Sugar – Sweet As or Sweet Poison?
Right from birth humans have a natural preference for sweetness which in most cases doesn’t go away.
We are bombarded with sugar in just about everything. From yoghurt to cereal, tomato sauce to packaged foods, if you look at the list of ingredients you will likely find a form of sugar.
Words to look out for in labelling include words ending in ‘ose’ like sucrose, dextrose, fructose, glucose, maltose, lactose, as well as maltodextrin, corn syrup, high fructose corn syrup and of course sugar.
When we think of where sugar might be hiding we tend to think of the obvious things like cake, biscuits, sweets, desserts, etc, but don’t forget liquid sugar. The worst offender is probably fizzy drinks. One 330ml can of Coca Cola contains around 10 teaspoons of sugar! Then we have fruit juice, sports drinks, so called ‘energy’ drinks and of course alcohol. Don’t be fooled by so called healthy juices from juice bars, they can easily contain over 50g of sugar per serve. This isn’t added sugar, but sugar from fruit. Think how many apples or oranges you have to squeeze to get a large glass of juice. You wouldn’t sit down and eat that many pieces of fruit in one go, but how easy is it to drink juice?
Dried fruit is a very concentrated form of sugar, so if you are trying to reduce the amount of sugar in your diet, keep away from dried fruit. As far as fresh fruit goes, the sweeter the fruit then in general, the higher the sugar content. Think melons, pineapple, grapes and dates. Better options are apples, pears and berries.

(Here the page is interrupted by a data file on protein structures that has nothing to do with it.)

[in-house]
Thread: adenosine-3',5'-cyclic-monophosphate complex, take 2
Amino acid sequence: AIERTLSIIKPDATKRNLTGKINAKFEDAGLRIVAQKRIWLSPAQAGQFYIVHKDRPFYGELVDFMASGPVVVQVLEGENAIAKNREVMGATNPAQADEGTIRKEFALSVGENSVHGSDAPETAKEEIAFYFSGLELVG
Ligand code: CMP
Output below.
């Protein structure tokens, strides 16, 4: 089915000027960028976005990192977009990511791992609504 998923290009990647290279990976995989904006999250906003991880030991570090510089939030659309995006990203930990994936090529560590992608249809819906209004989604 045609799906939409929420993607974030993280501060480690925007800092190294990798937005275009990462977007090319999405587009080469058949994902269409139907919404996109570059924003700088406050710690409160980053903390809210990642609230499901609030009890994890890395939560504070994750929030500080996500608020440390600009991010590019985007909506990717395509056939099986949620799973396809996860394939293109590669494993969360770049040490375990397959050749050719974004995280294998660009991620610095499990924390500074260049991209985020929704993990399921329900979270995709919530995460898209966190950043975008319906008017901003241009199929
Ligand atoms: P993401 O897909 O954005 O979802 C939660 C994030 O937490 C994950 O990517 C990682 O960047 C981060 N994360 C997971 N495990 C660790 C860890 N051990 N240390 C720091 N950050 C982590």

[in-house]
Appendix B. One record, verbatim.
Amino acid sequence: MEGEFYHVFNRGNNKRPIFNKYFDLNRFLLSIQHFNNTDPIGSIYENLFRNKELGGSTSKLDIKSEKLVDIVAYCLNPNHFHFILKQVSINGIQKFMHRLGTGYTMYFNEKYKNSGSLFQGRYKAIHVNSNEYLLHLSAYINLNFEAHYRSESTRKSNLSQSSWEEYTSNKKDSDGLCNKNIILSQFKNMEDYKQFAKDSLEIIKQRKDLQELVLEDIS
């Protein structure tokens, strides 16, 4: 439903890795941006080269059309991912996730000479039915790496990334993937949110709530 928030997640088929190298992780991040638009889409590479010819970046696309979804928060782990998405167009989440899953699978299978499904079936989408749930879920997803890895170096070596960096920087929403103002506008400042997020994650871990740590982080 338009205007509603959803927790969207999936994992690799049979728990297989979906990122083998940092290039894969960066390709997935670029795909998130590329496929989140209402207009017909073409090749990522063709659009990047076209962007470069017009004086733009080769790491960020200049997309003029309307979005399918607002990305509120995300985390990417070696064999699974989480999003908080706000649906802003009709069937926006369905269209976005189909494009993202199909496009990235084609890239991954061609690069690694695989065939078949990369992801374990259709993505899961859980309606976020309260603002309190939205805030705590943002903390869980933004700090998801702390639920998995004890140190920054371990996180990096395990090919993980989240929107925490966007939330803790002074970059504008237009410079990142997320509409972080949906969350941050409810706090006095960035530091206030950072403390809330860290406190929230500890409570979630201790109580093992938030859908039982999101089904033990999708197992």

There is no difference between ‘healthy sugars’ like agave, honey, etc when it comes to calories. Sugar is sugar! One teaspoon (5g) of sugar contains around 20 calories. 20 empty calories that offer no nutritional benefit to our body. If you enjoy sugar in your tea or coffee or on your cereal, try having a little less until you downgrade your tastebuds. If you currently have 2 teaspoons of sugar in your coffee, try one teaspoon, then ½ teaspoon and so on, until you adjust to the different taste.
If you enjoy milk chocolate try 70% cocoa chocolate instead. Milk chocolate is 55% sugar, 70% cocoa chocolate is around 27% sugar and 85% cocoa chocolate is around 13% sugar. The higher cocoa chocolate also contains antioxidants which are actually beneficial to your body, but 10g-20g of high cocoa chocolate is a serving, not a block!
Sugar offers no nutritional benefits, in fact it can be detrimental to health by lowering other minerals in our body if you consume too much. Sugar causes inflammation and it causes spikes in blood glucose levels meaning higher amounts of insulin need to be released. Insulin is a fat storage hormone, so not only do the calories from sugar count, but the physiological action it has on our body adds to fat storage.
Sugar feeds cancer cells and elevated insulin levels assist cancer cells to grow.
There really is nothing healthy about sugar so look for ways to reduce it in your daily diet. Eat fresh, real food and keep away from packaged and processed foods, as well as liquid sugar.
For more information or to book a nutritional consultation, Contact Lynda now